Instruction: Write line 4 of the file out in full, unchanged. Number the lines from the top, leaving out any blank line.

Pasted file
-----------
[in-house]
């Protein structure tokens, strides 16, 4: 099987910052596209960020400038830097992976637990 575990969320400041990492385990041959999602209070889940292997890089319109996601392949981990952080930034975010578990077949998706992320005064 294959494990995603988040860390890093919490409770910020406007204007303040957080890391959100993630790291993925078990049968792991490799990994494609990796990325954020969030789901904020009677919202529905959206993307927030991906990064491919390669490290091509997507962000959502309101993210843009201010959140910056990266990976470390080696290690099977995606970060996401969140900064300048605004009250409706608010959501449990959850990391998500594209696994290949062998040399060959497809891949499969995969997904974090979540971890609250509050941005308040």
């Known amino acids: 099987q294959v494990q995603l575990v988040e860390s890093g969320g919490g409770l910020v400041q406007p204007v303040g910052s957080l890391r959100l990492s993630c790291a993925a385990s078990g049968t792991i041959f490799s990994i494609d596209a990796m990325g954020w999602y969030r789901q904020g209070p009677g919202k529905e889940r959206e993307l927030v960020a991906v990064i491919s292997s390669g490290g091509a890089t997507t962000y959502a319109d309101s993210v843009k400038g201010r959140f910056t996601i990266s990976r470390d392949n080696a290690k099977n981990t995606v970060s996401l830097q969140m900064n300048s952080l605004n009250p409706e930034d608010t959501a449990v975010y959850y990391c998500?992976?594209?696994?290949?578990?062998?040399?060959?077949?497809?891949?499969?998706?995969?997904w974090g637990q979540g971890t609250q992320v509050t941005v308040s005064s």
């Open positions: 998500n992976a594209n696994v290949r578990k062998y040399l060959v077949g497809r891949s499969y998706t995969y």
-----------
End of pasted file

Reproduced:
């Open positions: 998500n992976a594209n696994v290949r578990k062998y040399l060959v077949g497809r891949s499969y998706t995969y």